|in my super fashionable USA tshirt no doubt getting ready to chow down on some KFC circ 1972|
So, our July challenge for The Canadian Food Experience Project is to share a memory of some sort of regional specialty. I haven't really spent much time in my hometown over the last 30 years so I chose to go back in time and write about something from my childhood. How hard could that be?
I grew up in London, Ontario eating things like Lipton Chicken Noodle Soup with extra spaghetti and a squirt of ketchup in it, Hamburger Helper and Minute Rice. It was NOT a good food era. There was no poutine or pate chinois on the table , no cod cheeks and scrunchins, no bannock or wild salmon for this kid, unfortunately. In my dream childhood, I would be sharing stories about picking local fruit as a family and then going back home to make bit batches of jam together, but that was not my reality at all.
I grew up in an era of convenience foods and was 4 years old when the first McDonald's to opened in London. Friday nights were a bucket of Kentucky Fried Chicken (back when it was still chicken and made fresh at each store) with a giant side of macaroni salad and a case of pop from the Pop Shoppe.
During the summer, every kid on every street LIVED for the jingle bells of the guy riding the Dickie Dee bike up and down the streets, selling Creamsicles and these crazy bars that had a dracula character on the package that were blackish purple on the outside and filled with a screaming red creamy interior that stained your face for days. I am sure that whatever they used to colour those bars was completely toxic and currently illegal in all but 3 countries worldwide but we loved them and we are still alive to tell the tale.
Who knew that Dickie Dee was another Canadian company, founded in 1959 in Winnipeg? I never thought of it as being particularly Canadian at all, it was just the Dickie Dee guy on his Dickie Dee bike bringing me heaven on a stick every night after supper.
Because London has always been a test market, we got all sorts of snack foods before anyone else did and often, we ate things that nobody else ever had to endure, like the original McRib that was pressed shredded pork made to look like an actual little rack of ribs or Hostess grape chips. We happily tasted these horrors so the rest of the country wouldn't have to.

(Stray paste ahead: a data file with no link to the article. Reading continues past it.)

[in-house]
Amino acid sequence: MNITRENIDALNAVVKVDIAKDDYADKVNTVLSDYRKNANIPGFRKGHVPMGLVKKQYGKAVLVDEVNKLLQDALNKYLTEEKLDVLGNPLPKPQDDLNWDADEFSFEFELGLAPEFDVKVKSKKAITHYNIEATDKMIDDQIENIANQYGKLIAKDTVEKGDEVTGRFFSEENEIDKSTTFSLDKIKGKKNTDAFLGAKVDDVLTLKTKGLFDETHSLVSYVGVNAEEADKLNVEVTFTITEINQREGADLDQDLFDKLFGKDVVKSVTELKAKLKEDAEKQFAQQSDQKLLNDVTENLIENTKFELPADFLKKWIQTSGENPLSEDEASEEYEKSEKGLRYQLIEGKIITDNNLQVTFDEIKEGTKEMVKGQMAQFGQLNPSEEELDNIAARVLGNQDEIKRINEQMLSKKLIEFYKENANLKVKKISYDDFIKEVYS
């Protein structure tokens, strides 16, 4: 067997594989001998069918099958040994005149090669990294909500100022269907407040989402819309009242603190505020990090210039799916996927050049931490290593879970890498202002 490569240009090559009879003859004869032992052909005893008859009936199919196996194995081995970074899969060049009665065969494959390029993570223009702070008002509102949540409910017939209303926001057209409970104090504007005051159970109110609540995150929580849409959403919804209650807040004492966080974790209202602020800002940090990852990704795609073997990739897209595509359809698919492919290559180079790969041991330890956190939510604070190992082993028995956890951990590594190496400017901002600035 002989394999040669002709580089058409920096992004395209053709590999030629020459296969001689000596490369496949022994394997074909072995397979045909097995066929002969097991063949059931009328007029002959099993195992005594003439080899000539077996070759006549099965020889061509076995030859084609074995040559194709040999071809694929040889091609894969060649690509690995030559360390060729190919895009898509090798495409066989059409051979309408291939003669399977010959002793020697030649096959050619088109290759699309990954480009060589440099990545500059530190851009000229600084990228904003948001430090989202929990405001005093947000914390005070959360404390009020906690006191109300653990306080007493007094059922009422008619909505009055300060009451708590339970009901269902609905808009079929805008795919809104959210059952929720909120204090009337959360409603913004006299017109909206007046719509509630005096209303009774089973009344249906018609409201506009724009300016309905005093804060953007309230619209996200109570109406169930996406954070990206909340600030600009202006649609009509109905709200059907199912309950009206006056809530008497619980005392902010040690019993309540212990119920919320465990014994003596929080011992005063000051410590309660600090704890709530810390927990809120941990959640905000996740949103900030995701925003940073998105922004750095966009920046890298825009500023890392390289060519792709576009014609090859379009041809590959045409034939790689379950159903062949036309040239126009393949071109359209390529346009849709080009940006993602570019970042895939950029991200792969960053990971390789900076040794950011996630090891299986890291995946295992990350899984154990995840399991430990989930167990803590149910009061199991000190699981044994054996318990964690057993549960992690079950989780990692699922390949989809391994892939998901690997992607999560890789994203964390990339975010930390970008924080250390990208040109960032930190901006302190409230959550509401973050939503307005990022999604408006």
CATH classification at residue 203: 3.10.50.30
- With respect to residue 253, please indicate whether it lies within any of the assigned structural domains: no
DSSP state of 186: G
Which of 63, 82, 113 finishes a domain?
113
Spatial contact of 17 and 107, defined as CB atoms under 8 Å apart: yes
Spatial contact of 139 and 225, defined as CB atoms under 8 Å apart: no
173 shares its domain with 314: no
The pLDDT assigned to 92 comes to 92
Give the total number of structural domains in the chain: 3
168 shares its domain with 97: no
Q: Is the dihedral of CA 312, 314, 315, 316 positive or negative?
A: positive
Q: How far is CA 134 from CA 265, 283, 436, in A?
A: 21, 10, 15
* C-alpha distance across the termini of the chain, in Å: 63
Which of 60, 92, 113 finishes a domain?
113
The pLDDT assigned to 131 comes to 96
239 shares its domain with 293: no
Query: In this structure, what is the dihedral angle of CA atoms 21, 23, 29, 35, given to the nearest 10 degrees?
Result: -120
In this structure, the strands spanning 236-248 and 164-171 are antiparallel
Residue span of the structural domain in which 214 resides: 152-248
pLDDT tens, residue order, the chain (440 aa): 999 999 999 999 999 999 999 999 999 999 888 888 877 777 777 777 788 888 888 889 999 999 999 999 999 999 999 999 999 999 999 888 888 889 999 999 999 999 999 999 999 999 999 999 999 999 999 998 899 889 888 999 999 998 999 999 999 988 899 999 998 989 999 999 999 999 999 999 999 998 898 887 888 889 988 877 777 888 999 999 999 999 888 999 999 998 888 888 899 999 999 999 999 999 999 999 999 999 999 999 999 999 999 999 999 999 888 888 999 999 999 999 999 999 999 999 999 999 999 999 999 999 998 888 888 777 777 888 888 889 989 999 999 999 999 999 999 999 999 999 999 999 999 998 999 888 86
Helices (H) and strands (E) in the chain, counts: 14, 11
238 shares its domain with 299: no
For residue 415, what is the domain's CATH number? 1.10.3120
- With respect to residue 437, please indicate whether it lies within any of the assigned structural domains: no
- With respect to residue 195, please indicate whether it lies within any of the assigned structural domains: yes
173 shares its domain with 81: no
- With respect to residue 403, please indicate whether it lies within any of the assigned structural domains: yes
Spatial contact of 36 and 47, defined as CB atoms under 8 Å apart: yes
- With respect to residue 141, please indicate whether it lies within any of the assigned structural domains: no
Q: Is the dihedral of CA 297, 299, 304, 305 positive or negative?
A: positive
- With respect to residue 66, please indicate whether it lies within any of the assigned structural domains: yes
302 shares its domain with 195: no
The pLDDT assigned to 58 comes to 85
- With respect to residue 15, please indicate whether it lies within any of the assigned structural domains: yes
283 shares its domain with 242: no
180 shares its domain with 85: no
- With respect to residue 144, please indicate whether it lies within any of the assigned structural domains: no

Club House Foods was a London institution and almost everyone had a family member who worked there at some point. You couldn't go into a kitchen and open a cupboard without being faced with a shelf that look like this:
Those little orange cans of sage, savoury, thyme, cinnamon, black pepper and ginger were on in every London pantry although the sage, savoury, and thyme was only used once a year for the stuffing in our Christmas turkey and I do believe that when my mother died a few years ago, they were the exact same tins that were in her cupboard when I was 10.
George A. Cohon opened the very first McDonald's (the first was in BC a year earlier) in eastern Canada in London in 1968. In 1983 McDonald's introduced Londoners to chicken mc'nuggets and because Londoners loved them like a mother loves her babies, the rest of the country got to enjoy those little balls of salt and fat a year later. Again, you can thank me when you see me.
Sure, living in London also meant magical peaches and cream corn every summer and London is right outside the Tobacco belt but I was too young to smoke and totally took that beautiful, abundant corn on the cob for granted like any other child would do. When I was a kid I was all about that lime rickey clinking away in the back of the station wagon every Saturday and dreaming of that one piece of cold Kentucky Fried Chicken that I had hidden way at the back of the fridge.